Accidental love-child Daphne Reynolds (Amanda Bynes) has spent her seventeen years thus far as a native New Yorker holed up in Chinatown with her bohemian musician mother, Libby (Kelly Preston). The two make ends meet by working weddings together -- mother badly belting rock songs and daughter badly waitressing. They live together in perfect harmony and exhibit absolutely none of the acute emotional turmoil commonly displayed in such relationships. Adding to the fantasy, hasn't surrendered her exhausted body to a single caterer in the seventeen long years she's been estranged from Daphne's father, an uncommonly hunky Englishman named Henry (Colin Firth), whom she married in a bogus ceremony in Morocco.
With her mother's oblivious blessing and no attempt made to reclaim her, Daphne runs away from home, plugs Virgin airlines by name and jets off to a bunch of cheesy montages showing how neato England is. Daphne discovers on the telly that her father is Lord Henry Dashwood, who is on the fast track to becoming Prime Minister. This leaves her no choice but to clamber clumsily over the wall of his estate and introduce herself as his daughter.
Lord Henry is -- yawwwn -- beset by the foul political manipulation of his busybody fiancée, Glynnis Payne (Anna Chancellor), who teams up with her nasty daughter, Clarissa (Christina Cole), to give untouchable Daphne the bum's rush straight back across the pond. Those mean Brits! At the core of this dastardly scheme is Glynnis' father, Alistair Payne (Jonathan Pryce), who is as bad as bad can be, using his daughter's imminent nuptials to gain a family foothold in Parliament. With trouble like this brewing, what's a young American chick to do?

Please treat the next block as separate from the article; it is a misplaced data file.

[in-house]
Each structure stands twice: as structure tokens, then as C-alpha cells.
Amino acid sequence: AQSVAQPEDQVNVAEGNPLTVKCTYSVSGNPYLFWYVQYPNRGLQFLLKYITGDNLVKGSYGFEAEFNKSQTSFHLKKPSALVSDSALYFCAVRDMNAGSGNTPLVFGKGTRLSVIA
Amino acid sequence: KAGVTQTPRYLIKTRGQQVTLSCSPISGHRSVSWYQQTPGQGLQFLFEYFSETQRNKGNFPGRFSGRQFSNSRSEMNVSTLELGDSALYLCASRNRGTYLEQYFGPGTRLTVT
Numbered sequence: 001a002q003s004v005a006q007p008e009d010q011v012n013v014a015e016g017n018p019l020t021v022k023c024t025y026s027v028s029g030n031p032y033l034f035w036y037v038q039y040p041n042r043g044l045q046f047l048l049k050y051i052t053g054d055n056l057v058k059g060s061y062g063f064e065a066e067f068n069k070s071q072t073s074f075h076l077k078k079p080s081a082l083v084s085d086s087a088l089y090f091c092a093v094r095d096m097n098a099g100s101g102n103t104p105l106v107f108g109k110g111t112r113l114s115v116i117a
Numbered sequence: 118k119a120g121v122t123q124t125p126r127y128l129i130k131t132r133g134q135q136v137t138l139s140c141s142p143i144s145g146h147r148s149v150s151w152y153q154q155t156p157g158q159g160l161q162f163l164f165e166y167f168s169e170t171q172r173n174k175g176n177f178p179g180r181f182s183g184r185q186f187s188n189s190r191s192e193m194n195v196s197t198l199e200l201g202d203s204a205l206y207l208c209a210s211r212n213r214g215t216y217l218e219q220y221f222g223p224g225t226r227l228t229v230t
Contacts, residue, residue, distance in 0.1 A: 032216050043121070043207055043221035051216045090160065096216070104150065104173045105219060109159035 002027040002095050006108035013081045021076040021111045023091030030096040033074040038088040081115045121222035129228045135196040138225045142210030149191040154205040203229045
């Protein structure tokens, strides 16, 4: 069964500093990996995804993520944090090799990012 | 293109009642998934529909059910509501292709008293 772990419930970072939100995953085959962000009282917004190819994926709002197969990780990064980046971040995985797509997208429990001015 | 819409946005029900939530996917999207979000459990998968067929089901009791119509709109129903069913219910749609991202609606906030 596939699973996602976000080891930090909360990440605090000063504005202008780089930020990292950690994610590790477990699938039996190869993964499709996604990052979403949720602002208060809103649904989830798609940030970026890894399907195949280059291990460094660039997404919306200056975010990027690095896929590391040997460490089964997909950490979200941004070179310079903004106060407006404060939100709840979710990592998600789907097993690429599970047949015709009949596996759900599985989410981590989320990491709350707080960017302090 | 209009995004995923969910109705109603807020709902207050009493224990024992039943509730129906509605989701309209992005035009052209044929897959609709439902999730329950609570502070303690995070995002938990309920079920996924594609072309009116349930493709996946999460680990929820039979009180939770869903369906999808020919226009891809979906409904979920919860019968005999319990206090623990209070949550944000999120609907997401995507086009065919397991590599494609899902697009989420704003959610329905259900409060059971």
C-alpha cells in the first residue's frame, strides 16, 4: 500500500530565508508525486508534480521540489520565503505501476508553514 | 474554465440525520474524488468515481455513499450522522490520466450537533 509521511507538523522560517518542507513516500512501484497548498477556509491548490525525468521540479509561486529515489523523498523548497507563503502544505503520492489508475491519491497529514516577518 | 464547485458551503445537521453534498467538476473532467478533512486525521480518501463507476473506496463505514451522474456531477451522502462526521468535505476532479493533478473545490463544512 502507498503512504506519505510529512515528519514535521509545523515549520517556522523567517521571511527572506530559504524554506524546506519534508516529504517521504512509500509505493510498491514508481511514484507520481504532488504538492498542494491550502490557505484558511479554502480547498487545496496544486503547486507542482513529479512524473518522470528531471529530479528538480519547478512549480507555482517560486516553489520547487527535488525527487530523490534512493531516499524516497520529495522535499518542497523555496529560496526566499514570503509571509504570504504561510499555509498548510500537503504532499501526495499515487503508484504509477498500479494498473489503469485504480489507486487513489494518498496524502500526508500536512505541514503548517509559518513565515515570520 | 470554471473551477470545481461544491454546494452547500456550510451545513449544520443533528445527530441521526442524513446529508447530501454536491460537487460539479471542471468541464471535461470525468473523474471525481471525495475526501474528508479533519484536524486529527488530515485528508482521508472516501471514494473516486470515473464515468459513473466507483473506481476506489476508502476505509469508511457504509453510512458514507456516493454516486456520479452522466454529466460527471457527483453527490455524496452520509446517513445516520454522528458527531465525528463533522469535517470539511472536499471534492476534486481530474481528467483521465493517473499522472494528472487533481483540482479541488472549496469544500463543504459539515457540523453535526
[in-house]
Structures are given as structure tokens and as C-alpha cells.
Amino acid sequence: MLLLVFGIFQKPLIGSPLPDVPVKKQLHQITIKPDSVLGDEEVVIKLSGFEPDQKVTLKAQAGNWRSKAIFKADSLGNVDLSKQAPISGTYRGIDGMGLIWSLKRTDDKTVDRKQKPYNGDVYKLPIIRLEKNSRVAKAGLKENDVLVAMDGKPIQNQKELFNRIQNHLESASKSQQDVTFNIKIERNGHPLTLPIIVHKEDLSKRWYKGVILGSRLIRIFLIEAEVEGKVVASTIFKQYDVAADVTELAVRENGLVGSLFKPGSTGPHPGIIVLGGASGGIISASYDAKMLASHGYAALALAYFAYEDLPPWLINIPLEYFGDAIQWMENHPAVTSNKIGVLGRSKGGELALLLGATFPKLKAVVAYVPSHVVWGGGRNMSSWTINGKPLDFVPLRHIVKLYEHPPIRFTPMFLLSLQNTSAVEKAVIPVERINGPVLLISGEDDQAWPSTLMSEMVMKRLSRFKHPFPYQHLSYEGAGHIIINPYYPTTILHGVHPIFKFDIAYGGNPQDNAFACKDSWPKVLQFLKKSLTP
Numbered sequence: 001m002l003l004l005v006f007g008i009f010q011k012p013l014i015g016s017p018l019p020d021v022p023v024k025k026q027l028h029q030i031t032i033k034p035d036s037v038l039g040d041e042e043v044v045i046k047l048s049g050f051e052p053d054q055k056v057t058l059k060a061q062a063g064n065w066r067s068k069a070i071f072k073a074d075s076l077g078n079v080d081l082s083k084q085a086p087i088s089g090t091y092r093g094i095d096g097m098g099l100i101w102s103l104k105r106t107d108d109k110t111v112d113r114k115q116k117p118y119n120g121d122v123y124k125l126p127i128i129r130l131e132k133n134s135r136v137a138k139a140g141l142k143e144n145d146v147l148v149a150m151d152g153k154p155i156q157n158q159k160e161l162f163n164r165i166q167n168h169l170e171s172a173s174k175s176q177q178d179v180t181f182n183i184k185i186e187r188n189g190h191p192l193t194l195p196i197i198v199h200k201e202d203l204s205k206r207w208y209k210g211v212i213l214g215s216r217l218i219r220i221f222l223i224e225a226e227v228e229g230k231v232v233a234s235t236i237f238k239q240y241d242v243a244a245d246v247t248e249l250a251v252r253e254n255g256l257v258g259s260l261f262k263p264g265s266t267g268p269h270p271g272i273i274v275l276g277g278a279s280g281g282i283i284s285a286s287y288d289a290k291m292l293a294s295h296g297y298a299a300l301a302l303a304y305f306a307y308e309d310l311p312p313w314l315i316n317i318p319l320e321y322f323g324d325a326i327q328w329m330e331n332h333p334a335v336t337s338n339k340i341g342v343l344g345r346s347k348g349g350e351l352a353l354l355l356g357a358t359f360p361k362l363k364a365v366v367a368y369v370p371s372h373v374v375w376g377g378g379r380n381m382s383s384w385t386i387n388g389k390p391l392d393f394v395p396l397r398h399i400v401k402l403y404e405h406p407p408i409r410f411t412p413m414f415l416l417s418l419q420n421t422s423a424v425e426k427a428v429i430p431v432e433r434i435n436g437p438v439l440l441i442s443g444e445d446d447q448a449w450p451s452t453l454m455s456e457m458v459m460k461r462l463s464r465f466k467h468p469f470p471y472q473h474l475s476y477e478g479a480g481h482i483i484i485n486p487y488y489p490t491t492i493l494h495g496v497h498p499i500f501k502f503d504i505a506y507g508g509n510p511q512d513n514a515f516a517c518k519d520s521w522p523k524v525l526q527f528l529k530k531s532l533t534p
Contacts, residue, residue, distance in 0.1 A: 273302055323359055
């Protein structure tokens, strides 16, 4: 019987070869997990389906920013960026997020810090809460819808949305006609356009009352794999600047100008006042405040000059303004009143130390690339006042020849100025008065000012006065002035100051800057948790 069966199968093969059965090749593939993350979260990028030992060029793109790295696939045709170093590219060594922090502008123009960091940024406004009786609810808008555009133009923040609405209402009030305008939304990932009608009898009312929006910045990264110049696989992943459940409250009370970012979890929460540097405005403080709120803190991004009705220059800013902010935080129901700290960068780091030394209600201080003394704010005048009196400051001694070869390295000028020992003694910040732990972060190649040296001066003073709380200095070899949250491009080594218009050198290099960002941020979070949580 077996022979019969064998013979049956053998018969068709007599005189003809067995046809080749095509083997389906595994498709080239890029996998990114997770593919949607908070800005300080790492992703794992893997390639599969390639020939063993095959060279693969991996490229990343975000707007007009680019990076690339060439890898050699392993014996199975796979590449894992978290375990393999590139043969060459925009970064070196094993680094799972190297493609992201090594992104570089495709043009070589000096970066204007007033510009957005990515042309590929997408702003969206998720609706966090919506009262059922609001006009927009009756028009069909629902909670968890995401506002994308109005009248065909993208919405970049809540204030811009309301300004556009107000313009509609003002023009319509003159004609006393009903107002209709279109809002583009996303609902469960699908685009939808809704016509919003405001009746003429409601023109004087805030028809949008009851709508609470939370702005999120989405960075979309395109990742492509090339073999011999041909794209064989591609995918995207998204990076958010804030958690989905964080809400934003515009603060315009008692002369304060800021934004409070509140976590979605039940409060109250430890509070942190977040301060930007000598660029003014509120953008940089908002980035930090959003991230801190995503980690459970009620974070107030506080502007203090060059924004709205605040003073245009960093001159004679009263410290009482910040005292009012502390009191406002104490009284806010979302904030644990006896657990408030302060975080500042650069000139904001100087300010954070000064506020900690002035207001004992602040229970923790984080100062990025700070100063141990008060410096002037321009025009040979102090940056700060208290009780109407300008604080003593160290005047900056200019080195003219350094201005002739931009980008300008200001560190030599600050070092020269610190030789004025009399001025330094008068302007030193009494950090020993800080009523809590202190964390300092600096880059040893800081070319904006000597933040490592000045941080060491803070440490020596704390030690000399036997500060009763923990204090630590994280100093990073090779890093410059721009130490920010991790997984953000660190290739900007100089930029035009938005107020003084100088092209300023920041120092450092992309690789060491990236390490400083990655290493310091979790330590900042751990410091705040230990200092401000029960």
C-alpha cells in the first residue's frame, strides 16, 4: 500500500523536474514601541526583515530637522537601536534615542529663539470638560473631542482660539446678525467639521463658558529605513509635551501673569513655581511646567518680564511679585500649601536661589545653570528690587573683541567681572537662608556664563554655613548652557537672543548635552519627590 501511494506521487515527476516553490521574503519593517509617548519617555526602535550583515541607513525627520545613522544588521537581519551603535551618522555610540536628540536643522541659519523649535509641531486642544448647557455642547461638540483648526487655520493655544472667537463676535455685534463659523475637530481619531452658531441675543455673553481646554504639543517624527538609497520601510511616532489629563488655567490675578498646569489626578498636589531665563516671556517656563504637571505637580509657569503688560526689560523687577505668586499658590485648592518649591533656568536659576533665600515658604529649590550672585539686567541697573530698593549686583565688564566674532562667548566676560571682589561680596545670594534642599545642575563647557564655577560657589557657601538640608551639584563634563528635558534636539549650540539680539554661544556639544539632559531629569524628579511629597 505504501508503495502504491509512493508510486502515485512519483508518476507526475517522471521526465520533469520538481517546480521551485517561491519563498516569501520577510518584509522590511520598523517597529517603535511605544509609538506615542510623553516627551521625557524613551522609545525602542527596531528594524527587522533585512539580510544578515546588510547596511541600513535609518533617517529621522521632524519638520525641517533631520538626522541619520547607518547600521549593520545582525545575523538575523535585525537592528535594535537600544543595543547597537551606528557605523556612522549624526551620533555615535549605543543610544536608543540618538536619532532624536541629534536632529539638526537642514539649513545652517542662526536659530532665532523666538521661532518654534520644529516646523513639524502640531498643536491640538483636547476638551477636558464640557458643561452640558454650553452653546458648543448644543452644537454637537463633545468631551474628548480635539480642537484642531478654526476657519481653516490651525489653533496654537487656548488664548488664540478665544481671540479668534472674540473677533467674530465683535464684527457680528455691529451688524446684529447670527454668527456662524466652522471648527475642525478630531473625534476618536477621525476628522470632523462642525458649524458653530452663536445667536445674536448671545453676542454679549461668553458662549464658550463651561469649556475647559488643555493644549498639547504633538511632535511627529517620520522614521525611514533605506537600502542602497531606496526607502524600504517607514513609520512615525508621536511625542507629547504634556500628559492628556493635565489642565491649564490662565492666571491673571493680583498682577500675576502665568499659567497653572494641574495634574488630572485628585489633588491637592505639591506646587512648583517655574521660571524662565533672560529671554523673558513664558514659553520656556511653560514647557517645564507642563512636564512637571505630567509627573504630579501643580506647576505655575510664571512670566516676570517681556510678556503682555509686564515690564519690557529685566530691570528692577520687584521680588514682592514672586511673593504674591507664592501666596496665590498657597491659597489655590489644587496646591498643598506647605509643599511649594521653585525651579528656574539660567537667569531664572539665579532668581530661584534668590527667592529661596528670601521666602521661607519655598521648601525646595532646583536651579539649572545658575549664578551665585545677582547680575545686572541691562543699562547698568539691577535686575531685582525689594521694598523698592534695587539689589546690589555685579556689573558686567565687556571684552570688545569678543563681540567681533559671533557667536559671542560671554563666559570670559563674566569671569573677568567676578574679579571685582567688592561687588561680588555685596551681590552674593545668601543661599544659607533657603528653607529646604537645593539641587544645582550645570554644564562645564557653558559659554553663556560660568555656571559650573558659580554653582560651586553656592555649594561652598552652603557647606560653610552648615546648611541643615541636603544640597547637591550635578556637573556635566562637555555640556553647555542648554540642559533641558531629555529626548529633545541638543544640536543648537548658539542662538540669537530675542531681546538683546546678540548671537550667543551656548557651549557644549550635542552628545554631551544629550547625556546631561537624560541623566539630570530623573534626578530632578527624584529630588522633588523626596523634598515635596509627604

Why, dance around in hip-huggers and other trashy clothes to vapid pop music expendables (though the title song is curiously absent) to show those uptight Limeys what's what! Until the movie's last couple of minutes, the whole mess is a nonstop idiot orgy of heinously narrated cutesy shenanigans designed to reveal that all those stuffy Brits really need is an ignorant teen-ager to show them how to make their country more fun.
Alleged screenwriters Jenny Bicks (Dawson's Creek) and Elizabeth Chandler (Someone Like You) toss off perhaps three amusing lines ("No hugs, dear," explains Eileen Atkins as Henry's doting mother. "I'm British. We only show affection to dogs and horses."), but alleged director Dennie Gordon (Joe Dirt) seems to think that prolonged nonsensical slop is funny. It isn't, dearie. Back to film school.
Actually, this is one of the most depressing films in recent memory -- and one of the most offensive. First of all, whoever decided to exploit the Clash's "London Calling" for dipstick Daphne's British invasion deserves the full punishment of the punk pantheon. Bynes herself mainly seems confused throughout, but her smug Chelsea Clintonesque acceptance to "Ox-ferrd" made my eardrums bleed. And does she really expect us to like her character after she disses the Bee Gees? But the real disgust here is generated by Firth and Pryce, both embarrassing to behold as they cavort about like top-honor graduates of the Dan Aykroyd School of Never Saying No. Those Yankee dollars must be pretty damned tempting.